Prime 3 Group, LLC v. SolFocus, Inc.

Filing 14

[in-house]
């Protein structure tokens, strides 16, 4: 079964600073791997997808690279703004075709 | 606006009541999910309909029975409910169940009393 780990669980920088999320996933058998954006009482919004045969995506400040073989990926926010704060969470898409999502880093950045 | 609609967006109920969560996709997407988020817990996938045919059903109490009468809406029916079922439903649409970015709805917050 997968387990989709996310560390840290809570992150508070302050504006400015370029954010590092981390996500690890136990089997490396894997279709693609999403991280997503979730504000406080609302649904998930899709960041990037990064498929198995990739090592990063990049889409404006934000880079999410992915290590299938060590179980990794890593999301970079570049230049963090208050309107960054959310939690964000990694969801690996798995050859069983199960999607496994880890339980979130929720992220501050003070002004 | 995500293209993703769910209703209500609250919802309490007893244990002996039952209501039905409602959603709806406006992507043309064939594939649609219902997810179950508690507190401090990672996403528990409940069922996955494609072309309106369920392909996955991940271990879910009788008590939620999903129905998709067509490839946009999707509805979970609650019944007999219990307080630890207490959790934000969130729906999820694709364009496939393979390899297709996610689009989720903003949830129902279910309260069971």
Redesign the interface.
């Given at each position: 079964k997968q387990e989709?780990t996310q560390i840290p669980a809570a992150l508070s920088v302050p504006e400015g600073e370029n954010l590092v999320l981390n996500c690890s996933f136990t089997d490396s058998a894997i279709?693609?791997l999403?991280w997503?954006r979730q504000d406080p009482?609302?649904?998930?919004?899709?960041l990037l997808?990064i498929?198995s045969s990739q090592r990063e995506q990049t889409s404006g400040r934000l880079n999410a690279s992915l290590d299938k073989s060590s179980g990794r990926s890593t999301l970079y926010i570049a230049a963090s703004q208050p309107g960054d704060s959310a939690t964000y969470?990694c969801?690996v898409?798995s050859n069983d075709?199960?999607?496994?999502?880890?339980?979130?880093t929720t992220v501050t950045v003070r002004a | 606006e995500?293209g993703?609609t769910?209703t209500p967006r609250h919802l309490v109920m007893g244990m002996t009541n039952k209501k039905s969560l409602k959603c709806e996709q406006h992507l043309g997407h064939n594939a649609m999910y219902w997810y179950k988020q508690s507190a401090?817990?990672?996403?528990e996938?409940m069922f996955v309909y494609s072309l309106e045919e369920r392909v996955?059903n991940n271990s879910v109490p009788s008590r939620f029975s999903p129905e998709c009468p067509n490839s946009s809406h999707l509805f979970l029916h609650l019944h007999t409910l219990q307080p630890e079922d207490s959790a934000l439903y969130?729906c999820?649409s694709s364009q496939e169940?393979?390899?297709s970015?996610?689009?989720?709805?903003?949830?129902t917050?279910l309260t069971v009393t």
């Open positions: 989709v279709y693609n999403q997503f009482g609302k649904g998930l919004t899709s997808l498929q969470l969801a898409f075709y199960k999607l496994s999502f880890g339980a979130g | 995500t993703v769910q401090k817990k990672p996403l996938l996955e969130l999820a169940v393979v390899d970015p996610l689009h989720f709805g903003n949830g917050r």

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1 2 3 UNITED STATES DISTRICT COURT 4 Northern District of California 5 6 PRIME 3 GROUP, LLC, No. C 13-0264 MEJ Plaintiff, 7 ORDER DENYING PLAINTIFF’S MOTION FOR DEFAULT JUDGMENT [Dkt. No. 8] v. 8 SOLFOCUS, INC., 9 10 Defendant. _____________________________________/ 12 For the Northern District of California UNITED STATES DISTRICT COURT 11 13 I. INTRODUCTION Pending before the Court is Plaintiff Prime 3 Group, LLC’s Motion for Default Judgment, 14 filed on March 18, 2013. Dkt. No. 8. After careful consideration of Plaintiff’s Motion and relevant 15 authority, the Court hereby DENIES default judgment against Defendant Solfocus, Inc. without 16 prejudice and GRANTS Plaintiff leave to file an amended complaint. 17 II. BACKGROUND 18 The instant lawsuit follows a previous action between the parties, Prime3Group, LLC v. 19 SolfFocus, Inc., Case No. C 11-03072 EMC. Compl. ¶ 3, Dkt. No. 1. In that matter, the parties 20 entered into a Settlement Agreement on October 7, 2011, pursuant to which Defendant agreed to 21 make six equal settlement payments of $25,000 on six dates in 2011, 2012, and 2013. Id. 22 In its Complaint, Plaintiff alleges that Defendant made the first three payments, but failed to 23 make the fourth and fifth payments on September 15, 2012 and December 15, 2012, respectively. 24 Id. ¶¶ 8-9. Plaintiff further alleges that “based on [Defendant’s] aforementioned breaches of the 25 Agreement, [Plaintiff] is informed and believes and thereon alleges that [Defendant] similarly will 26 not make its sixth payment of $25,000, which is due on March 15, 2013.” Id. ¶ 10. Based on these 27 allegations, Plaintiff asserts a claim for breach of contract and seeks $75,000 in contract damages 28 (representing payments four, five, and six), prejudgment interest on the missed payments, and 1 attorney fees. Id. at 3. 2 After Defendant failed to timely answer, Plaintiff moved for entry of default on February 28, 3 2013 (Dkt. No. 5), which the Clerk of Court entered on March 6, 2013 (Dkt. No. 7). Plaintiff 4 thereafter filed the instant Motion seeking default judgment against Defendant. 5 In its Motion, Plaintiff explains that since the filing of the Complaint, Defendant has made 6 the fourth and fifth settlement payments, but has now missed the sixth settlement payment due on 7 March 15, 2013. Mot. at 2. Thus, Plaintiff now seeks entry of default judgment on its breach of 8 contract claim and an award of $37,453.01, constituting $25,000 for the missed sixth payment, 9 $1,457 in prejudgment interest, and $10,996.01 in attorneys fees and costs. See Dkt. Nos. 8, 12. 10 III. LEGAL STANDARD Federal Rule of Civil Procedure 55(b)(2) permits a court, following a default by a defendant, 12 For the Northern District of California UNITED STATES DISTRICT COURT 11 to enter a final default judgment in a case. Fed. R. Civ. P. 55(b)(2). The court has discretion in 13 determining whether to grant or deny a motion for entry of default judgment. Draper v. Coombes, 14 792 F.2d 915, 924 (9th Cir. 1986); see also Kingvision Pay-Per-View, Ltd. v. Rivers, 2000 WL 15 356378, *1 (N.D. Cal. Mar. 28, 2000). “Generally, upon an entry of default, the factual allegations 16 of the plaintiff’s complaint will be taken as true.” Rivers, 2000 WL 356378, at *1. “For a default 17 judgment, well-pleaded factual allegations are sufficient to establish a defendant’s liability. 18 However, the allegations of the complaint regarding the amount of damages suffered are not 19 controlling.” Kingvision Pay-Per-View, Ltd. v. Backman, et. al., 102 F. Supp. 2d 1196, 1197 (N.D. 20 Cal. 2000) (citing Dundee Cement Co. v. Howard Pipe & Concrete Products, 722 F.2d 1319, 1323- 21 1324 (7th Cir.1983)); Geddes v. United Fin. Group, 559 F.2d 557, 560 (9th Cir. 1977)). 22 In deciding whether to grant a motion for default judgment, the Court examines: (1) the 23 possibility of prejudice to the plaintiff; (2) the merits of plaintiff’s substantive claim; (3) the sum of 24 money at stake in the action; (4) the possibility of a dispute concerning material facts; (5) whether 25 the default was due to excusable neglect; and (6) the strong policy underlying the Federal Rules of 26 Civil Procedure favoring decisions on the merits. Eitel v. McCool, 782 F.2d 1470, 1471-72 (9th Cir. 27 1986). 28 2 1 Finally, where a default judgment is granted, the scope of relief is limited by Federal Rules 2 of Civil Procedure 54(c) and 55(d). “A judgment by default shall not be different in kind from or 3 exceed in amount that prayed for in the demand for judgment” in the complaint. Fed. R. Civ. P. 4 54(c), 55(d). 5 IV. DISCUSSION 6 Reviewing Plaintiff’s Motion and relief requested, the Court notes that the facts have 7 changed significantly since Plaintiff filed this lawsuit. Particularly, Defendant has paid $50,000 to 8 satisfy the fourth and fifth settlement installment payments, but has now missed the sixth installment 9 payment. The damages Plaintiff seeks are now predominately based on the missed sixth payment, As a result of these factual developments, the Complaint no longer matches the grounds on which 12 For the Northern District of California which was only alleged as an anticipated or prospective breach in the Complaint. See Compl. ¶ 10. 11 UNITED STATES DISTRICT COURT 10 Plaintiff seeks entry of default judgment. Accordingly, the Court DENIES Plaintiff’s Motion for 13 Default Judgment without prejudice. The Court further GRANTS Plaintiff leave to file an amended 14 complaint setting forth the current facts supporting its breach of contract claim and the damages 15 sought. Plaintiff’s amended complaint shall be due by April 25, 2013. 16 17 V. CONCLUSION For the reasons set forth above, the Court DENIES Plaintiff’s Motion for Default Judgment 18 (Dkt. No. 8) WITHOUT PREJUDICE and GRANTS Plaintiff leave to file an amended complaint. 19 Further, the Court VACATES the hearing set for April 25, 2013. 20 IT IS SO ORDERED. 21 22 Dated: April 10, 2013. 23 _______________________________ Maria-Elena James US Magistrate Judge 24 25 26 27 28 3